• Testing for 17 days without lights and 17 days with lights that created an uncomfortable environment for criminals to commit crimes.
      • The results that found how auto-related crimes decreased and officers tend to be more active with citizen contact when cruise lights are on.
    • The three-year comparison for theft deterrence strategies between a controlled area and an intervention area.
      • How intervention created a significant decline in motor vehicle theft (MVT).
      • The significance of differentiating actual effects of a change versus regression to the means.
    • The Virtual Reality RCT conducted at the ASEBP Conference that aims to understand how virtual reality augments police training.
      • The VR Scenario and the conditions that are expected to affect the outcomes.
      • The participants in the VR exercise.
      • The response of the participants to the VR RCT that established the effectiveness of police training
    • Key takeaways that demonstrate
      • How BetaGov can simplify police research and still provide meaningful insights.
      • The importance of doing comparisons with a control group to be able to correctly attribute the cause of findings and the success of an intervention.
      • How research can enhance law enforcement practices.
      • The need to acknowledge challenges and working towards minimizing these.
    • Topics raised during the Q&A were about:
      • The meaning of the term ‘primed’.
      • Learning more about the LEADS program, who qualifies to be part of it. the researches and their outcomes.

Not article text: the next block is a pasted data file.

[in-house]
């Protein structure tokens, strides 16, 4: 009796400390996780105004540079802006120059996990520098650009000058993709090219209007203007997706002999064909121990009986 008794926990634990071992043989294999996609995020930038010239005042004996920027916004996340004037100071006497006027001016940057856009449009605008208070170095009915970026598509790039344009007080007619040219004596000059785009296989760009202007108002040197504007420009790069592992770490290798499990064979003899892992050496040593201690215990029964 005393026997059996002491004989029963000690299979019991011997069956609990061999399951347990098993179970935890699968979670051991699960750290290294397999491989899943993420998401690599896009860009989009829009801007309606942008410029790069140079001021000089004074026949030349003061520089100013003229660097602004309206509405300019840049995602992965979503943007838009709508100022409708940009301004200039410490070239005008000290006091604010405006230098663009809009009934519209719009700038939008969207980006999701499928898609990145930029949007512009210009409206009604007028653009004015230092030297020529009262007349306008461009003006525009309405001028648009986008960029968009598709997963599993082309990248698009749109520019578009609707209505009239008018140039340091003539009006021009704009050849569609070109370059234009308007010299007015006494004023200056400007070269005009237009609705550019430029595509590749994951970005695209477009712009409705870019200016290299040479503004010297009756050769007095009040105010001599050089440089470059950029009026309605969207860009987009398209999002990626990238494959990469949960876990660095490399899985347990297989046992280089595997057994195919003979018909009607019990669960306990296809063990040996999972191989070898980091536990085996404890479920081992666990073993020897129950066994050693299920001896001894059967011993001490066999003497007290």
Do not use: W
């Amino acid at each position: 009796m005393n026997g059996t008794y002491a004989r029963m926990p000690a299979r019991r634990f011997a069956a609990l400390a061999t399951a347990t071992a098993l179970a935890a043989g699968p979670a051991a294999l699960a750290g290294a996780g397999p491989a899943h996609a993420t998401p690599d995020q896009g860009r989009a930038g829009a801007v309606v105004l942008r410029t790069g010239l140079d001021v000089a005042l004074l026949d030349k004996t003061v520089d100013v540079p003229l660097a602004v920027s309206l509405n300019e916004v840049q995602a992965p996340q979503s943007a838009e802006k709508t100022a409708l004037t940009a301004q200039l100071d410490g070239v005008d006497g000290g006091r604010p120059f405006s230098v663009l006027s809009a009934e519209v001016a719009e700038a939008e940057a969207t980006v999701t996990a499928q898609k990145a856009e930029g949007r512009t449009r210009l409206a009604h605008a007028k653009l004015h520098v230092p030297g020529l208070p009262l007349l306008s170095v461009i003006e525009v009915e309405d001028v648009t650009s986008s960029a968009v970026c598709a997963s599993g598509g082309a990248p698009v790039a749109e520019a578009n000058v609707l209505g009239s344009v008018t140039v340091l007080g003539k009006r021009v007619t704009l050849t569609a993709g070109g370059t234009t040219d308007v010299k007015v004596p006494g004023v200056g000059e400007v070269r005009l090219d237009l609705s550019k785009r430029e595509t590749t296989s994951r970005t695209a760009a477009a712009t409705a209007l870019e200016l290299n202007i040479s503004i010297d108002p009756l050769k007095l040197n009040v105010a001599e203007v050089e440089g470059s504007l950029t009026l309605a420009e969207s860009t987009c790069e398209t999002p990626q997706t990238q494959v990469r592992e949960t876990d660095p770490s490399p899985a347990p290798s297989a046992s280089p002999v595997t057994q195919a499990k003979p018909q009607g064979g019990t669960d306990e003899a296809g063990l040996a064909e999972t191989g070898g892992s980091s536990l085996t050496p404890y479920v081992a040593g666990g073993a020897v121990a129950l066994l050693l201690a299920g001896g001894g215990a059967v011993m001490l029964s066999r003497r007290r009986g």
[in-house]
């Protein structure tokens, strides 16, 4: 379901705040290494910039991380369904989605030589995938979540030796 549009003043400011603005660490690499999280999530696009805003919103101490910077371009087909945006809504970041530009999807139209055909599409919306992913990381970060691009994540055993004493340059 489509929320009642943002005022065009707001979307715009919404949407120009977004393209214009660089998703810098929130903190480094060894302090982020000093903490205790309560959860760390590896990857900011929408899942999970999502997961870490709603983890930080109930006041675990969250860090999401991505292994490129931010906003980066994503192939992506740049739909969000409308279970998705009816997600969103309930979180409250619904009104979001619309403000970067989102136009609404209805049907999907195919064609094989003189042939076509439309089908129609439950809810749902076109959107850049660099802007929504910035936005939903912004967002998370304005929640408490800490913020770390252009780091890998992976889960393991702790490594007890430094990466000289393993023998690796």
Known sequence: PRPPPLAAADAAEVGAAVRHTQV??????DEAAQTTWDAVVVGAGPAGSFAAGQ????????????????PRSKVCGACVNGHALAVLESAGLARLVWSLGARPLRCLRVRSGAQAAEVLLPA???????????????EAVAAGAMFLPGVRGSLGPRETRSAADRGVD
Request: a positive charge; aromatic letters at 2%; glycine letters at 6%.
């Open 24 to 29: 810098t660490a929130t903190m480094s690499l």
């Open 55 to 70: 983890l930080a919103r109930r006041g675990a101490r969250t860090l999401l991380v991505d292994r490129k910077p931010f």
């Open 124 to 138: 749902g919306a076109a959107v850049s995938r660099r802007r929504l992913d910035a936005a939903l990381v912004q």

• Data collection for the research.
      • Determining the duration when studies are conducted.
      • What does statistical significance mean.
      • What are cruise lights.
      • Getting buy in from the leadership and across all involved ranks on the research.
      • The goal of the LEADS program.
      • Next steps, updates, and what to expect on Jason and Jeremiah’s researches and the LEADS program.



Audience Comments:

  • “Excellent review of studies in a relatively short amount of time. Bravo!” — Adam
  • “Practitioners are in the field, conducting the research and gathering the data while employed as active law enforcement brings credibility and buy-in academically.” — Brian
  • “Great information about the LEADS program. I want to learn more and work towards implementing some research projects at my agency.” — Bill
  • “The insight offered by the two law enforcement officers as researchers on determining the effects of a specific action aimed at crime deterrence. We try varying strategies regularly in policing communities, but we don’t stop to ensure they are controlled experiments as we strive to determine if the strategy was, or was not, effective or successful. This presentation planted the seed for more experimentation and research in our policing efforts.” — Silver
  • “The webinar was excellent. This is a wonderful thing you are doing with the webinar series. I appreciate opportunities like this as I continue to grow and improve how we serve our community. I valued everything that you’re researched provided and I looked forward to being part of the next one. Thank you!” — Theresa



Additional Resources